When Adeline and her mother reached Mrs. Peter Jones’ gate they stopped, and they all stood there together looking. Then I saw Tommy Gregg racing along, and I felt positive that his mother had sent him to see what the matter was. She is a good woman, but the most curious person in our village. She never seems to have enough affairs of her own to thoroughly amuse her. I never saw a boy run as fast as Tommy did—as if his mother’s curiosity and his own were a sort of motor compelling him to his utmost speed. His legs seemed never to come out of their running crooks, and his shock of hair was fairly stiffened out behind with the wind.
Then I began to wonder if it were possible there was a fire anywhere. I ran to my front door and called:
“Tommy! Tommy!” said I, “where is the fire?”
Tommy did not hear me, but all of a sudden the fire-bell began to ring.
Then I ran across the street to Mrs. Peter Jones’ gate, and Amelia Powers came hurrying out of her yard.
“Where is it? Oh, where is it?” said she, and Candace put her head out of the window and called out, “Where is it? Is it near here?”
We all sniffed for smoke and strained our eyes for a red fire glare on the horizon, but we could neither smell nor see anything unusual.
Pretty soon we heard the fire-engine coming, and Amelia Powers cried out: “Oh, it’s going to Mrs. Liscom’s! It’s her house! It’s Mrs. Liscom’s house!”
Candace Powers put her head farther out of the window, and screamed in a queer voice that echoed like a parrot’s, “Oh, ’Melia! ’Melia! it’s Mrs. Liscom’s, it’s Mrs. Liscom’s, and the wind’s this way! Come, quick, and help me get out the best feather bed, and the counterpane that mother knit! Quick! Quick!”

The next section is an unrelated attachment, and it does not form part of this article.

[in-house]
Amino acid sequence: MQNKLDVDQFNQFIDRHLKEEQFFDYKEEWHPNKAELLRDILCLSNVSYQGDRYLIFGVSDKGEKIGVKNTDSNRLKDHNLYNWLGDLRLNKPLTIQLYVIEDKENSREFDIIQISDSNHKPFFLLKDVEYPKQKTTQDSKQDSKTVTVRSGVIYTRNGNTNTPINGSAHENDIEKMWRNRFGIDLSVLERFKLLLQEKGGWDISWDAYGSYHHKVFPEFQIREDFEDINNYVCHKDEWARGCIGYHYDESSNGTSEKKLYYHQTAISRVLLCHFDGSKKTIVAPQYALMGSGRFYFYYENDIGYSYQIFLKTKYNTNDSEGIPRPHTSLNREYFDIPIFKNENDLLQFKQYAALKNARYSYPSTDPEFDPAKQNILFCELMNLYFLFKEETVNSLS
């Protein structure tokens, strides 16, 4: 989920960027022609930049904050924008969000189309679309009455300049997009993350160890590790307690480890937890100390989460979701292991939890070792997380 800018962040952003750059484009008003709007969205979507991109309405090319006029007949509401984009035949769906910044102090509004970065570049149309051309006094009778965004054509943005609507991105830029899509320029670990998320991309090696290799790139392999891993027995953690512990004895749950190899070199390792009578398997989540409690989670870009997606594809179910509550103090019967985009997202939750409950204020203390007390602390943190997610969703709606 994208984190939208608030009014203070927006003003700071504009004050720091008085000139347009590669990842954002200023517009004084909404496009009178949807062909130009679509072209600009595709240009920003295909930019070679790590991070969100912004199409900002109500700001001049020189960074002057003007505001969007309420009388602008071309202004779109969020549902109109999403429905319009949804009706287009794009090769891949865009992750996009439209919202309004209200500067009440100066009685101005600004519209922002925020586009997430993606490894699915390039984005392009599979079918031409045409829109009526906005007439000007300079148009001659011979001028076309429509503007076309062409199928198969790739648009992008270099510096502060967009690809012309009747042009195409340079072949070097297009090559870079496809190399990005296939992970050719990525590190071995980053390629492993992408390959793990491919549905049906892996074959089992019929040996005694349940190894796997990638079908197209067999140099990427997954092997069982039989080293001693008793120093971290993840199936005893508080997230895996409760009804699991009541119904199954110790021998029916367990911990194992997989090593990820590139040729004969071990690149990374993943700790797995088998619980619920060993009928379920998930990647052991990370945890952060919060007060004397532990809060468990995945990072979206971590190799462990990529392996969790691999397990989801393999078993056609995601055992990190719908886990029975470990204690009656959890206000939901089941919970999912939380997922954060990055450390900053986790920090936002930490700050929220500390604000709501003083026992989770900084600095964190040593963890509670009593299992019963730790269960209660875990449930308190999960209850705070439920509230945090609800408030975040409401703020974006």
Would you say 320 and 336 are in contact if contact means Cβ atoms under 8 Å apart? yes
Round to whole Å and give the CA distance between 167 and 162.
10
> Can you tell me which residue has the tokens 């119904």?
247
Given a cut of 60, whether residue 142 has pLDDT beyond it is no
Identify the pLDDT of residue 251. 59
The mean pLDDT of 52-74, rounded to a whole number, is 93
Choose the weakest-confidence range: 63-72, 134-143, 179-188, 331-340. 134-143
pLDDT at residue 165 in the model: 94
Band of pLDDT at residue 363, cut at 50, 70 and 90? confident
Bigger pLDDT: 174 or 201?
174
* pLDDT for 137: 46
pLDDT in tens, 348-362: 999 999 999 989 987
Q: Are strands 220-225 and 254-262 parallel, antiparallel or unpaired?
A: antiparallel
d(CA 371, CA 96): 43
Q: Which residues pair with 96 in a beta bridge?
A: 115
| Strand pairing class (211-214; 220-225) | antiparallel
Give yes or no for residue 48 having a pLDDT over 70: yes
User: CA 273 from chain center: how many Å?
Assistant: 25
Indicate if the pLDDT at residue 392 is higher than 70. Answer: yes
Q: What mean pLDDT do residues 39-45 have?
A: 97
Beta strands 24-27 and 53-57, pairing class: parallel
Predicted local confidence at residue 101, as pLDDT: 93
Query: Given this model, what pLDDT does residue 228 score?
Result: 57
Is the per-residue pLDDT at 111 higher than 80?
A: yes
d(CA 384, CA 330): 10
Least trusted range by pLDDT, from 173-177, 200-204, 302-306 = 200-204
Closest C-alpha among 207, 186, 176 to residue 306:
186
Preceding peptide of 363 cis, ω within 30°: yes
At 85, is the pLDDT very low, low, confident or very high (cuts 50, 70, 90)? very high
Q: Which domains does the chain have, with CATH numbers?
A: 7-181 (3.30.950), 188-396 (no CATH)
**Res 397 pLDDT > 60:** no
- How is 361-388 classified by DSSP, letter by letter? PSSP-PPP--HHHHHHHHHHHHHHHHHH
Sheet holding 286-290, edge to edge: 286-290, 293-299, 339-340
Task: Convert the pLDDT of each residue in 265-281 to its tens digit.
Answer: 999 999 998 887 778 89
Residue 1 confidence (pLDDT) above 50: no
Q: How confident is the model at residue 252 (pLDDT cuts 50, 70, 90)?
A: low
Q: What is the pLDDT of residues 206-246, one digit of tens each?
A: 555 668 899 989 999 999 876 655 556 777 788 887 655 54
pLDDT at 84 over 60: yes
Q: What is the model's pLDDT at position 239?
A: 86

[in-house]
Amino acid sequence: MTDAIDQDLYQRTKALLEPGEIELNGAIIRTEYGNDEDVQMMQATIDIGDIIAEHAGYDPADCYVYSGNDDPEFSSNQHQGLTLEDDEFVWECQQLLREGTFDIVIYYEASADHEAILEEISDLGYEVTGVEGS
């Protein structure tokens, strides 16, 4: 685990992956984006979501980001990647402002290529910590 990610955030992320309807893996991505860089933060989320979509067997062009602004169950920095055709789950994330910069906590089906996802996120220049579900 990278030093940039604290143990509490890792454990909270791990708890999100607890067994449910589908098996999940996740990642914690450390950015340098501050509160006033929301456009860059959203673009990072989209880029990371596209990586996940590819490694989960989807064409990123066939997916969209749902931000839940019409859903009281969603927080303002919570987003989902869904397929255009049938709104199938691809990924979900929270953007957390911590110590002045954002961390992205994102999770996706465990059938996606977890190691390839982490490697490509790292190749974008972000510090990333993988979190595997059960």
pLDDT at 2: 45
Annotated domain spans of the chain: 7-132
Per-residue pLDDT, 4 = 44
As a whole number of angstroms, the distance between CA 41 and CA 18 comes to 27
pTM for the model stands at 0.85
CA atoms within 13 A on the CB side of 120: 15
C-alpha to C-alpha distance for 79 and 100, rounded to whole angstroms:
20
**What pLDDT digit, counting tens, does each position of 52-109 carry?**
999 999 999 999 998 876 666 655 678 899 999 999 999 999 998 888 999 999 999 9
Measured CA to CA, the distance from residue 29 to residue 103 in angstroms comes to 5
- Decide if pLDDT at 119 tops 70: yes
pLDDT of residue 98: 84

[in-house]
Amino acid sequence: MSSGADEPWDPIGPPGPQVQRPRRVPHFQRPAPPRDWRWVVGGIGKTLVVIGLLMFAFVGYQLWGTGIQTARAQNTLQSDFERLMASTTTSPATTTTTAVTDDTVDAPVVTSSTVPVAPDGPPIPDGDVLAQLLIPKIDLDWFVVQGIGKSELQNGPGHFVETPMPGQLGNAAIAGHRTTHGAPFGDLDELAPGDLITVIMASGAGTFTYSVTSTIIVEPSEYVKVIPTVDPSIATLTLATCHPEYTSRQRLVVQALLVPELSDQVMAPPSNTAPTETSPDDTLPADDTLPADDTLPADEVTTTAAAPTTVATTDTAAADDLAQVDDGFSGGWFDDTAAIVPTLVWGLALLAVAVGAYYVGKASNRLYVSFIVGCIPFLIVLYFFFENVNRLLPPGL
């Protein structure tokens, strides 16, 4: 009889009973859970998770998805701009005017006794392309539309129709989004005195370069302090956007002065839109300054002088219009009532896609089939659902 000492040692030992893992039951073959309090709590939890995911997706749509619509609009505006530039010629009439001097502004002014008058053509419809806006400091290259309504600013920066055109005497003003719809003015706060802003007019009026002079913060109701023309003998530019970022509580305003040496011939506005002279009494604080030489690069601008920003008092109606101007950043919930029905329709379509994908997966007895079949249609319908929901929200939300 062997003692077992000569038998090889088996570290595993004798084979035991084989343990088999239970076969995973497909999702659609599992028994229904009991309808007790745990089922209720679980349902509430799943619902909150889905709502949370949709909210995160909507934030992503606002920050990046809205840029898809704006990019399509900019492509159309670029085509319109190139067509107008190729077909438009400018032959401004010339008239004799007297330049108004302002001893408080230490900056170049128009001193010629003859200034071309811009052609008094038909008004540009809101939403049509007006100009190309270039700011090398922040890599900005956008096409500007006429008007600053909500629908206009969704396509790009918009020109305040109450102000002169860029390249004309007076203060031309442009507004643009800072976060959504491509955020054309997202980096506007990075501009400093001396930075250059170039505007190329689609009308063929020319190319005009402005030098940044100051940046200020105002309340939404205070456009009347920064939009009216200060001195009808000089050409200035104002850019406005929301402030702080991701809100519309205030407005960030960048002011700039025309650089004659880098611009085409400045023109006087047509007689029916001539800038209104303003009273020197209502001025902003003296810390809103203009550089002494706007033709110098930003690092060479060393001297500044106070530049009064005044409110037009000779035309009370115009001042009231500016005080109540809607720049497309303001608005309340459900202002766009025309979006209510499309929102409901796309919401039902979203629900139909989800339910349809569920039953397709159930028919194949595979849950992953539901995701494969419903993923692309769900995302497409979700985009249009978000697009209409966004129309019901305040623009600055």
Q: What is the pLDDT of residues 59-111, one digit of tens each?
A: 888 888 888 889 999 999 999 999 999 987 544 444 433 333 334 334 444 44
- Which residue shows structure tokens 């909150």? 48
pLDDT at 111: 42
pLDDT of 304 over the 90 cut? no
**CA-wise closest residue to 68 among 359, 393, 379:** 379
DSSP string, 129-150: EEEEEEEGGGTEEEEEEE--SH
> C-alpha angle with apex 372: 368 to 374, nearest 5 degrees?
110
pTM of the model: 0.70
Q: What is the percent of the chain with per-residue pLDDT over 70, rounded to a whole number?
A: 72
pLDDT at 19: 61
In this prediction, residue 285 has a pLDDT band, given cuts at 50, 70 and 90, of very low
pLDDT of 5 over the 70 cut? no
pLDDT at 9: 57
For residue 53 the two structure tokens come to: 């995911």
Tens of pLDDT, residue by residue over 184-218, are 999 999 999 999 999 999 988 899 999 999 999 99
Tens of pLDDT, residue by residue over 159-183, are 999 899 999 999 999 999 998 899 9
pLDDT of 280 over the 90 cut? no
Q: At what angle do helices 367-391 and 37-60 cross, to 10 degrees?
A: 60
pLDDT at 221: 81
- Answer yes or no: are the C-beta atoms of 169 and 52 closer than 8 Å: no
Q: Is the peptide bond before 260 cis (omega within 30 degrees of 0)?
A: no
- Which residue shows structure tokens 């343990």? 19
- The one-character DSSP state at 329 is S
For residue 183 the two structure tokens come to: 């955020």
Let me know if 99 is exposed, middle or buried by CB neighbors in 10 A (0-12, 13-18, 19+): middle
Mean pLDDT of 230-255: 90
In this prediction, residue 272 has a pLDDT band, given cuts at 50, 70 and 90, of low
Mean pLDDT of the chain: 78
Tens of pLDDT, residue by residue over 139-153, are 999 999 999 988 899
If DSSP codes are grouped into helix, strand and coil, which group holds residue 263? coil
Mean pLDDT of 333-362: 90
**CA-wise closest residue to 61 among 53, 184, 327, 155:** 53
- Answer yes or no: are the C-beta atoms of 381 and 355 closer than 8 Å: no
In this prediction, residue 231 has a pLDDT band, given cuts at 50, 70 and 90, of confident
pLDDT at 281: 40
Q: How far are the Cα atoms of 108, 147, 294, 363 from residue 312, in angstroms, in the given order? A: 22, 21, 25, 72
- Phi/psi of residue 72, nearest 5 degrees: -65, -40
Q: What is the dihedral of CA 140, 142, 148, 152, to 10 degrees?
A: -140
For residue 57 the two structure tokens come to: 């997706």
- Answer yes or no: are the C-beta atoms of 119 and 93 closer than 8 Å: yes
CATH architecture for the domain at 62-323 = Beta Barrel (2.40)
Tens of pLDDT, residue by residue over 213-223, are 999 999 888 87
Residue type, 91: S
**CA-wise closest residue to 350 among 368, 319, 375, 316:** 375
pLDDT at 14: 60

Amelia had to run in and quiet Candace, who was very apt to have a bad spell when she was over-excited, and the rest of us started for the fire.
As we hurried down the street I asked Mrs. Jones how she had known there was a fire in the first place, for I supposed that was why she had run out to her front door and looked down the street. Then I learned about the city boarders. She and Amelia, from the way they faced at their sitting-room windows, had seen the Grover stage-coach stop at Mrs. Liscom’s, and had run out to see the boarders alight. Mrs. Jones said there were five of them—the mother, grandmother, two daughters, and a son.
I said that I did not know Mrs. Liscom was going to take boarders; I was very much surprised.
“I suppose she thought she would earn some money and have some extra things,” said Mrs. Jones.
“It must have been that,” said Mrs. Ketchum, panting—she was almost out of breath—“for, of course, the Liscoms don’t need the money.”
I laughed and said I thought not. I felt a little pride about it, because Mrs. Liscom was a second cousin of my husband, and he used to think a great deal of her.